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Thread: Backlight landscape photography realized - say no to silhouette

  1. #51
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    Re: Backlight landscape photography realized - say no to silhouette

    It's my understanding that in the last years just about any new DMF back had a Dalsa sensor.
    Eduardo

    [QUOTE=Ken_R;627187]Its gonna be a sad day when all high end cameras/backs use similar Sony CMOS Sensors even if they are different sizes. Imagine if back in the day there was only one film available.

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    Re: Backlight landscape photography realized - say no to silhouette

    Quote Originally Posted by Ken_R View Post
    Its gonna be a sad day when all high end cameras/backs use similar Sony CMOS Sensors even if they are different sizes. Imagine if back in the day there was only one film available.
    Well, on the other hand, back in the day every film type was available in every size, so if you really liked a kind of film, you could use it in your Leica, Hasselblad and 8x10. Some photographers I personally know used to stick to a couple of film types for pretty much everything they shot regardless of camera - just tons of boxes of the same-kind film.

    Who knows what will happen in 5 years time, CMOS could step up to full 645, or maybe a new and different sensor tech will step in altogether, like one that can capture luminance in addition to color.

  3. #53
    Senior Member thrice's Avatar
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    Re: Backlight landscape photography realized - say no to silhouette

    Quote Originally Posted by RVB View Post
    The Leica Bond edition.. ;-)

    Leica have said they will be applying changes to this sensor compared to the M240 based on what they learned from that sensor so I'm optimistic and may keep my 006 for a while just in case..

    Rob
    Hi Rob, I must admit when I spoke to Tony at Photokina and he said "exactly the same architecture but different processor" the S007 was still in prototype phase, but sensor changes within 6 months of launch are pretty risky.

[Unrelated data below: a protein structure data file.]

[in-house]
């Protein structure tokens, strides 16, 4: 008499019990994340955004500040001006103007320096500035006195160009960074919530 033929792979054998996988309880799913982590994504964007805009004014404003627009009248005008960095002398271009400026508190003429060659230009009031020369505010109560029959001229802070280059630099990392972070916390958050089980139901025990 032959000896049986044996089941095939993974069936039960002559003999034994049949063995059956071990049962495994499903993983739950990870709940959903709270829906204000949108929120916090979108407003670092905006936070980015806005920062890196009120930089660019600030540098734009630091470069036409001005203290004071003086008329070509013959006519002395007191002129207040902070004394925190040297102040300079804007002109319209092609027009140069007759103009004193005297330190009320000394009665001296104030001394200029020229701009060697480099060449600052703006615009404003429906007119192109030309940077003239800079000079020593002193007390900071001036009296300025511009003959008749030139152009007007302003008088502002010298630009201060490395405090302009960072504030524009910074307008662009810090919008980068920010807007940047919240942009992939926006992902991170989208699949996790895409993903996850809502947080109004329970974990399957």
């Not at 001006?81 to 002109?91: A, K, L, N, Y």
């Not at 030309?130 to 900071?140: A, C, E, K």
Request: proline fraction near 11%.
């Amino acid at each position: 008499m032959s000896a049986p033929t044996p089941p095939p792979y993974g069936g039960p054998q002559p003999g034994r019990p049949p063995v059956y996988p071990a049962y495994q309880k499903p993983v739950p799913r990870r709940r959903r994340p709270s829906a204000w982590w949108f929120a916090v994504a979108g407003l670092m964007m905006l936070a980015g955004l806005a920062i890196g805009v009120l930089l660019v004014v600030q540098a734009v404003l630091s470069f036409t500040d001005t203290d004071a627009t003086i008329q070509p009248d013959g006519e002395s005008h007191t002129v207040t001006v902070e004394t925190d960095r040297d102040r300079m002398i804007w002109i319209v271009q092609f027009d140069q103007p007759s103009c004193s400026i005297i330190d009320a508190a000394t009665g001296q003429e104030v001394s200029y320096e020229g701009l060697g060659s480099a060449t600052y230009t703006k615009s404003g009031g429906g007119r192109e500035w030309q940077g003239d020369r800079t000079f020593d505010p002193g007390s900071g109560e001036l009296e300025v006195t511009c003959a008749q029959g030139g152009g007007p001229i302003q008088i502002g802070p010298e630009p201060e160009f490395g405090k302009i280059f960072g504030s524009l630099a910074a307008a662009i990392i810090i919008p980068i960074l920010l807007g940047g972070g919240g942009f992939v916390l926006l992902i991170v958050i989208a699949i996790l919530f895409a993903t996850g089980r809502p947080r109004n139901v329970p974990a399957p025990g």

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    Re: Backlight landscape photography realized - say no to silhouette

    Quote Originally Posted by thrice View Post
    Hi Rob, I must admit when I spoke to Tony at Photokina and he said "exactly the same architecture but different processor" the S007 was still in prototype phase, but sensor changes within 6 months of launch are pretty risky.
    Well, "architecture" is a pretty loose term, using computer chips as an example, Intel's Haswell architecture is utilized in everything from bargain processors powering $500 computers to monstrous $5000+ 18-core chips that can be used in pairs.

    Sony's own Exmor architecture has been in use for many years on sensors of every size and complexity from inexpensive camcorders to, supposedly, the 645Z as well.
    edit: Since the 645Z is claimed to feature better performance than the other cameras that use the same sensor, it could be said that a lot rests on aspects outside of just the sensor itself. Since the 007 features "a different processor", the difference in performance could be potentially greater than the M240 on a per-pixel level.
    Last edited by Kolor-Pikker; 23rd February 2015 at 05:30.

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    Re: Backlight landscape photography realized - say no to silhouette

    Quote Originally Posted by thrice View Post
    Hi Rob, I must admit when I spoke to Tony at Photokina and he said "exactly the same architecture but different processor" the S007 was still in prototype phase, but sensor changes within 6 months of launch are pretty risky.
    What do you think of the M240 sensor?? I have a few test files from it and it looks pretty good to my eyes,good DR and decent high ISO,I have a test file shot at 1000iso which is quite good,decent blacks and low noise and takes a push quite well.